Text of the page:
The needed push to reform Tennessee’s outdated school finance system
2282617 © Chad Mcdermott |


The needed push to reform Tennessee’s outdated school finance system

Tennessee has an outdated school funding formula that is poorly suited to serve the needs of the state’s public-school students in 2022. 

Tennessee lawmakers recently returned to session with a potential K-12 school finance reform being the top priority. Gov. Bill Lee announced his plans for the state to explore creating a new K-12 education funding formula in October of last year and since then 18 exploratory subcommittees made up of teachers, lawmakers and researchers have been busy discussing how to improve Tennessee’s education funding system.

These discussions should be welcomed by parents, educators, and taxpayers, as Tennessee has an outdated school funding formula that is poorly suited to serve the needs of the state’s public-school students in 2022. 

Tennessee’s current education funding formula, which determines how many dollars each of the state’s 147 school districts will receive, is 30 years old. It’s one of only a handful of K-12 funding formulas in the country that primarily funds school districts based on restrictive staffing inputs and programs rather than individual student needs.

Furthermore, the most recent data published by the state education department indicate systemic inequities in the current formula. Counties in Tennessee with greater property wealth tend to receive more state and local education dollars per pupil, and school districts with large proportions of low-income students don’t receive more funding than their less-poor peers despite their greater needs. 

For instance, consider the Scott County and Rutherford County school districts, which have Census Bureau poverty rates of 30.3% and 10.2%, respectively. Despite having a poverty rate nearly three times that of Rutherford County, Scott County receives less—only $8,480 per pupil—from state and local sources while Rutherford receives $8,883 per pupil from those sources.

Moving to a more student-centered funding formula that allocates education dollars based on individual student factors such as being low-income, an English-learner, or having a learning disability would alleviate many of these issues. Plus, the new education funding system would better empower district and school leaders to tailor spending decisions based on unique local needs. 

While it’s true that reforming an entire public school finance system is an ambitious goal for a single legislative session, Tennessee can’t afford to wait.

The fact that many other states also have convoluted and aging funding formulas indicates that the window of opportunity for comprehensive school finance reform doesn’t open often. It’s not every year that Tennessee will have this bountiful of a budget, a willing governor, engaged legislators, and an eager public. 

It’s also not as if state legislators are working in the dark. School finance experts and researchers generally agree that a simple, streamlined, student-centered funding system is the way to go and Tennessee lawmakers have access to best practices resources and reform templates from other states that they can work with.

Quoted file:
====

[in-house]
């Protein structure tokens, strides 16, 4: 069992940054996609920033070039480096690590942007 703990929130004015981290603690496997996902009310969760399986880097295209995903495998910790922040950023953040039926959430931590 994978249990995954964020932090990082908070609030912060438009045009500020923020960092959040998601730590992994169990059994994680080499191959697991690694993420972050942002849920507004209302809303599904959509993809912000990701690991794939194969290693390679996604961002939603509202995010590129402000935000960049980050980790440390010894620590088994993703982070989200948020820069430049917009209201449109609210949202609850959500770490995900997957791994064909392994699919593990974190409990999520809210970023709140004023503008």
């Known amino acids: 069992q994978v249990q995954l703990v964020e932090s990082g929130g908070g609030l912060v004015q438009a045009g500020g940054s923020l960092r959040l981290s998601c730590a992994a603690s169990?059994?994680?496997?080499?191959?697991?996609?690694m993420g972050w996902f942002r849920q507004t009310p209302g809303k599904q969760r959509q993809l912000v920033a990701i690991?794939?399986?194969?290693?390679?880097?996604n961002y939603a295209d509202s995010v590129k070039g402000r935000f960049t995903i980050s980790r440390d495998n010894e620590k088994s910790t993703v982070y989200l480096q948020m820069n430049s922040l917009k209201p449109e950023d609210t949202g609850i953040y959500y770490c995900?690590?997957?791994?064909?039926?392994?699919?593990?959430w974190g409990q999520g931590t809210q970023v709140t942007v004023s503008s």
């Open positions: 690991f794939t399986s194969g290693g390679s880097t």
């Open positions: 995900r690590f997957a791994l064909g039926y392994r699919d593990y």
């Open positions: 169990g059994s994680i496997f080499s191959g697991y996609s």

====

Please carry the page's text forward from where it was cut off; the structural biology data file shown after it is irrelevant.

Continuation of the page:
But some policymakers have expressed concerns that the school finance reform process is moving too quickly. Others are suspicious that this is all merely part of an unspoken plan to advance private school vouchers. Importantly, some lawmakers are suspicious that adopting a student-centered funding formula is a “precursor to setting up for vouchers,” as State Rep. Vincent Dixie put it. School vouchers are publicly funded scholarships that qualifying families can use for private school tuition, and voucher opponents argue that they wrongly divert tax dollars away from public schools to private institutions. But this suspicion that K-12 finance reform in Tennessee is only an effort to get closer to vouchers isn’t borne out by evidence from other states and would make little strategic sense if it were true.

Many states with student-centered funding formulas have no private school choice programs, including Texas, Michigan, California, Colorado, North Dakota, and some northeastern states. Conversely, some states without student-centered funding systems do have private school choice programs, such as Alabama, West Virginia, Wisconsin, and North Carolina. Having a student-centered funding system is neither a necessary nor sufficient condition for adopting school choice initiatives.

If the only aim of the governor and school choice-supporting lawmakers were to advance education choice, there are far easier ways to do it than through comprehensive public school finance reform. Most states adopt private school choice programs without touching the state’s existing K-12 funding system, saving themselves the headache of dealing with complex fiscal issues and the far more complicated politics that accompany K-12 finance reform.

It’s difficult to fault anyone for being cynical about a process as politically fraught as large-scale school finance reform—whether they think the process is unfolding too quickly, that it’s simply a ploy to increase spending, or that it’s a backdoor play for school choice. But all indicators suggest that Tennessee policymakers, Republicans and Democrats, truly want an education funding system that is easier to understand, that’s fairer to all students, and that gives them greater opportunities for success. Whether the effort is being spearheaded by school choice supporters or teachers’ unions, good policy is good policy.

A version of this column previously appeared in RealClear Education.